In a little more than a month, three people have been struck and killed by trains, which travel the length of the city’s west side, parallel to one of its busiest roads.
To bring awareness of the dangers of driving, walking and bicycling around the tracks, the Turlock Police Department partnered with the Union Pacific Police Department and the California State University, Stanislaus, Police Department on Wednesday to educate motorists and pedestrians at five of the city’s busiest train crossings.
“This isn’t a ‘ticket everybody’ kind of thing. Some people will need a warning, some people make honest mistakes,” Turlock police Sgt. Neil Cervenka said during a briefing before the operation. “But it’s an opportunity for us to educate them as to the dangers. That train comes fast – you don’t know if it’s a 30 mph freight train that’s a mile long or if its a 70 mph Amtrak. You don’t realize it until … it’s on top of you.”
In a three-hour period Wednesday afternoon, officers wrote 11 tickets for train-related vehicle code violations and three for trespassing on Union Pacific property. Mostly they issued warnings, though: 12 to motorists and 12 to trespassers, which can include pedestrians walking across the tracks where it is illegal or unsafe to do so.
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The most recent train fatality on Saturday was a suicide. Russell Holgate, 58, was sitting with his legs crossed on the tracks near West Tuolumne Road when he was hit by a freight train.
But the two prior deaths appear to have been accidents – in both cases bicyclists trying to beat the train.
Edward Moshol, 56, was riding west on Marshall Street when he was hit by a northbound train Aug. 16.
David Arthur Sanchez, 39, died July 19 when he tried to cross in front of a train at Fulkerth Road.
Cervenka said the department has been trying to organize a train safety operation since then but had not been able to until Wednesday as a result of staffing issues.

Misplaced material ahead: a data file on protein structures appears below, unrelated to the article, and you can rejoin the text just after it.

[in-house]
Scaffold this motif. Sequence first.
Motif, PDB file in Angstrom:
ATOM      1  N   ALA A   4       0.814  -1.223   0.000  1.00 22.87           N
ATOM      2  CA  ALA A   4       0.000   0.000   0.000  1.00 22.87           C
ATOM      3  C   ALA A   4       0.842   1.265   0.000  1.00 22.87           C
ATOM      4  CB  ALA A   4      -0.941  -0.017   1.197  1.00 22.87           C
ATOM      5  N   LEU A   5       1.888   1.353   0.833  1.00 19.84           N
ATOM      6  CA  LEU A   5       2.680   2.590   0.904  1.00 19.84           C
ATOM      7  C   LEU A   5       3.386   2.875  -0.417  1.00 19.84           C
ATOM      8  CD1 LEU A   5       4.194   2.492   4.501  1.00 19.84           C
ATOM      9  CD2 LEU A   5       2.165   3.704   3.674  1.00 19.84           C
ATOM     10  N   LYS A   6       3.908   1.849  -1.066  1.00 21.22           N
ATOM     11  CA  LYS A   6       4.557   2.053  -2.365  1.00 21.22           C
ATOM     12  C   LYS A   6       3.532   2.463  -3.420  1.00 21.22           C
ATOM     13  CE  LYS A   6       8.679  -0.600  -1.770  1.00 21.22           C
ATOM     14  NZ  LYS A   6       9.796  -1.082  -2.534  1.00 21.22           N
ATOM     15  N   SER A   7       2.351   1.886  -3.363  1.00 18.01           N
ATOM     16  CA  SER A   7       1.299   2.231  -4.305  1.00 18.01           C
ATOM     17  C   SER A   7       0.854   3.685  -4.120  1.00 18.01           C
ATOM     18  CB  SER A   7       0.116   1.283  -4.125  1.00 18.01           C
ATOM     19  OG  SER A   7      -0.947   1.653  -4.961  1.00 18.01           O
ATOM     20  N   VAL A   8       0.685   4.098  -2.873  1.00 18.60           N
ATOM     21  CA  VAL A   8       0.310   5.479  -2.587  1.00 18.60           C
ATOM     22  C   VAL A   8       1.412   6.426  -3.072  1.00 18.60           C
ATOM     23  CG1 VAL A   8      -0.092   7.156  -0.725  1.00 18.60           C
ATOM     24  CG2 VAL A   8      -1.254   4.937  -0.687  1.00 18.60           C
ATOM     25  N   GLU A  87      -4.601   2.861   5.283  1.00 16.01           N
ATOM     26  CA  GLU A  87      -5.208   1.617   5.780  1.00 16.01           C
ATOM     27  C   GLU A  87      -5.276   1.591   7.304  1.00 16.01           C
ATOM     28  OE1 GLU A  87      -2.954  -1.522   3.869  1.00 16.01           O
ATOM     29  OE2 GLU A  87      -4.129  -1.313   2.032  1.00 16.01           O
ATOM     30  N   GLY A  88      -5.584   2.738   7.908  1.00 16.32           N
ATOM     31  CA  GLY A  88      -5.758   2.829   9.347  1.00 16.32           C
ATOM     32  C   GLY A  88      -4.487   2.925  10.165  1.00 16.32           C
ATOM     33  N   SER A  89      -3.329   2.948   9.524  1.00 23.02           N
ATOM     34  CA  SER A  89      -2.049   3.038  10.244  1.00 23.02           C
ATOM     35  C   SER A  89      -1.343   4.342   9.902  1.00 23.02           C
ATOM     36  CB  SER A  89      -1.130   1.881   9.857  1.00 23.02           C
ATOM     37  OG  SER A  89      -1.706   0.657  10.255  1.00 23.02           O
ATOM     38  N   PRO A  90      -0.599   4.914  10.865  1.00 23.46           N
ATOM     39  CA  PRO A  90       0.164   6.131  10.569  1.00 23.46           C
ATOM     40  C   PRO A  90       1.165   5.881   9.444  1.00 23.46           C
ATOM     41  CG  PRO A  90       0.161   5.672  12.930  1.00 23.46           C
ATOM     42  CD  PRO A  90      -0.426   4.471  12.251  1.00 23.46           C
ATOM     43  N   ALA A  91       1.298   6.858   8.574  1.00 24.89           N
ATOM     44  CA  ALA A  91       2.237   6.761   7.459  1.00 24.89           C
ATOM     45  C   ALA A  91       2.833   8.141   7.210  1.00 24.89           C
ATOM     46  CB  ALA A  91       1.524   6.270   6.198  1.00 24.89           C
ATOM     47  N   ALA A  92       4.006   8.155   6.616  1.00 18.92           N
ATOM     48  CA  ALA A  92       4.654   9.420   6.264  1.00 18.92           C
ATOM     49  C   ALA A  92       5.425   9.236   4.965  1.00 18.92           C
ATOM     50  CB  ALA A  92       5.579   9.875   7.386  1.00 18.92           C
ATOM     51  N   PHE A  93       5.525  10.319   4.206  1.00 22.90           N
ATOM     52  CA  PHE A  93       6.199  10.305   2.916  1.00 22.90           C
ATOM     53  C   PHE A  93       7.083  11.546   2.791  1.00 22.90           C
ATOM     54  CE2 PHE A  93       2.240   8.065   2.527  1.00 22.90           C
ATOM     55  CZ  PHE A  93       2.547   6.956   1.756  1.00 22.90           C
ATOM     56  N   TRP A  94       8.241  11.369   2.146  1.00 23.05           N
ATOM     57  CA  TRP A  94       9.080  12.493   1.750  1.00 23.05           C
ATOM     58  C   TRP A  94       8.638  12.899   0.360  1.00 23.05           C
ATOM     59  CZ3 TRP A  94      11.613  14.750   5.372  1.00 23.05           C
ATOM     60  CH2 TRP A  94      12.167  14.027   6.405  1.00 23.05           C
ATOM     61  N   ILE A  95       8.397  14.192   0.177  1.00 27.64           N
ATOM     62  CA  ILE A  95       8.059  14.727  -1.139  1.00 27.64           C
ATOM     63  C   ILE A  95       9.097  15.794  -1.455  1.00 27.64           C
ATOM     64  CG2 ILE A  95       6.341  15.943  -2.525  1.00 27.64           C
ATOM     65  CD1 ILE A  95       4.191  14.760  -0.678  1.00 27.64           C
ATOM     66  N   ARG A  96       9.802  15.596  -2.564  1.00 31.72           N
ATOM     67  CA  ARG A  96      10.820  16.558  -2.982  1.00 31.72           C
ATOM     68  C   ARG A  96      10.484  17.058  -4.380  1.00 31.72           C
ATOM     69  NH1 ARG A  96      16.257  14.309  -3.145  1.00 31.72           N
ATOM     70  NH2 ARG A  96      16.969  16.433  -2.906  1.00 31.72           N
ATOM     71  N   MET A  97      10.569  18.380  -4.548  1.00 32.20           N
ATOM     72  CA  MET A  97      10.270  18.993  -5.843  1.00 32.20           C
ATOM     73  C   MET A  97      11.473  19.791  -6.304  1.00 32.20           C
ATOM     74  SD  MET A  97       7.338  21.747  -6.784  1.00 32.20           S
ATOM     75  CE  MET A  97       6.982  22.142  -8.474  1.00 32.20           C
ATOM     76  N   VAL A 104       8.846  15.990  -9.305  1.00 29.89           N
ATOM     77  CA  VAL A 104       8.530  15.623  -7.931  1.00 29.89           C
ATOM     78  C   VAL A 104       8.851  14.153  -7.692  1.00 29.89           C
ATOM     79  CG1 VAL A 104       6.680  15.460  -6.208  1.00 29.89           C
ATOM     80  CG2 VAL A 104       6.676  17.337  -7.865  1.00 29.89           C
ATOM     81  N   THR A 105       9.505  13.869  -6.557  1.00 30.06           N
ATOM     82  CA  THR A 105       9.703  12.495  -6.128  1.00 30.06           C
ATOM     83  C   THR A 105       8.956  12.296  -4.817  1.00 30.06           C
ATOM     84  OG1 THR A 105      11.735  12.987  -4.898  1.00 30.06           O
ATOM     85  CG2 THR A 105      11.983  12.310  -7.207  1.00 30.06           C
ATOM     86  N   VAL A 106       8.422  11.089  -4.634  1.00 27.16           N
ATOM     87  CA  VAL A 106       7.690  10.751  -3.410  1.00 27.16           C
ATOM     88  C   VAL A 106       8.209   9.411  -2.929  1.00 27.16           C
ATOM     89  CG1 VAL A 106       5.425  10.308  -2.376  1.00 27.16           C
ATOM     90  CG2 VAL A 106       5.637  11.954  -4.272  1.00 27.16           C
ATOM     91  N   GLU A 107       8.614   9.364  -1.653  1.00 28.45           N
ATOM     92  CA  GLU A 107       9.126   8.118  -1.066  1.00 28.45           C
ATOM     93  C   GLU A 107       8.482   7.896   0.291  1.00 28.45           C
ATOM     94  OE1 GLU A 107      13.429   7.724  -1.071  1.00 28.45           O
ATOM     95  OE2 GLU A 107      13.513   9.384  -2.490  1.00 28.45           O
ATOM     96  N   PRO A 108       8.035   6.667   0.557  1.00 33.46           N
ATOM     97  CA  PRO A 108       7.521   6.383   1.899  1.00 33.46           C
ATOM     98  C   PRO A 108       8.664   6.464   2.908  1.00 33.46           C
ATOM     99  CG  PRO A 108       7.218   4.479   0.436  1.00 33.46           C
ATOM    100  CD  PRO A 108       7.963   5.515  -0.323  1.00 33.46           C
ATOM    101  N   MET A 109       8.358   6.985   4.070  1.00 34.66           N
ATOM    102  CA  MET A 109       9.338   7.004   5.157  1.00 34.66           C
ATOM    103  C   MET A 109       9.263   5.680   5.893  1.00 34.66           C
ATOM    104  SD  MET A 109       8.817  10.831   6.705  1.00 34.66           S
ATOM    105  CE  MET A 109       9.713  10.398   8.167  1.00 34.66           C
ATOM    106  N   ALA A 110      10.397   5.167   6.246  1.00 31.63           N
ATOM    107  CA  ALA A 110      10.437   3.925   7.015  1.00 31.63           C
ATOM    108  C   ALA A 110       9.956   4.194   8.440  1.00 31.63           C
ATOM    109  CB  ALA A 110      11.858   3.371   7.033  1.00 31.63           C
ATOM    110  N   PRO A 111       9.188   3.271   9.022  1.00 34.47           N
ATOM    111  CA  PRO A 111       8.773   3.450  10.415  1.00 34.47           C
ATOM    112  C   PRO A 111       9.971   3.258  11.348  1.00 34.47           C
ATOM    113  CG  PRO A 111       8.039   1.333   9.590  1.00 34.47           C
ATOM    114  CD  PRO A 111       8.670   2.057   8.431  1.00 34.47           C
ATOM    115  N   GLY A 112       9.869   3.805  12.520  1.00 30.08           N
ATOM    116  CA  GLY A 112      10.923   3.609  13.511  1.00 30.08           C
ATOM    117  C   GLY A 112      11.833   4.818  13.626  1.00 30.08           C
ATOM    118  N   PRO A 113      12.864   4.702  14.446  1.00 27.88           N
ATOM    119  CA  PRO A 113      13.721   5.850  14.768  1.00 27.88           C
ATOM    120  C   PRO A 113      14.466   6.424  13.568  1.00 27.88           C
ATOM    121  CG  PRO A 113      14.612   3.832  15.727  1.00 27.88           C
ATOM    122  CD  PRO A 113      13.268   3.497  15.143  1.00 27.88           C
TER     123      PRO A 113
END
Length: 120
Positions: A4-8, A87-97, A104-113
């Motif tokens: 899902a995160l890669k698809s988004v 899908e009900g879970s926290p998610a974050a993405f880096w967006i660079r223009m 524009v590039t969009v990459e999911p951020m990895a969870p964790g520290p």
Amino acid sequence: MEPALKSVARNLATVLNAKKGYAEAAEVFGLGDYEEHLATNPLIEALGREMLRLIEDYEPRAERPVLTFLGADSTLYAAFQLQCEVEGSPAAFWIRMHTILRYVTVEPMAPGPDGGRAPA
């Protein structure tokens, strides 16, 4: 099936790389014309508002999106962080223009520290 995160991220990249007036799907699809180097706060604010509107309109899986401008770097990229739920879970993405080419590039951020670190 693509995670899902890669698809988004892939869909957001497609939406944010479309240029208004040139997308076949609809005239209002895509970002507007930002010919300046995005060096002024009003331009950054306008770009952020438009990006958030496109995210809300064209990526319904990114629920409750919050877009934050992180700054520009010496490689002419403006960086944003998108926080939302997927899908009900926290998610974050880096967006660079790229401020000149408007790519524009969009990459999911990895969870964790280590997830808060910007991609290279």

During the operation, officers stopped pedestrians and motorists who tried to beat the crossing arms, people trespassing on or near the tracks on Union Pacific property, and people stopping on the tracks when traffic backed up at a red light.
Apart from the chance of becoming trapped on the tracks when a train comes, even stopping short of the tracks but beyond the white line under the crossing arms is risky.
“The reason why that’s important … is because sometimes items fall off the train, sometimes cables break, sometimes there’s things hanging off the train, as the train is coming through at 55 mph a metal scrap from a lumber car could be horrendous if you are in that area,” Cervenka said.
One man who was pulled over for stopping on the tracks at Fulkerth and Monte Vista, near the location the bicyclist was killed last month, also was driving on a suspended license. His car was impounded.
Turlock police have conducted train safety operations in the past, but the department plans to start holding them more frequently, possibly as often as twice a month, said Officer Mayra Lewis.
“These tracks have been here longer than Turlock, so we move around them, and when the train crossing arms come down, it’s not worth trying to get around the train,” Cervenka said.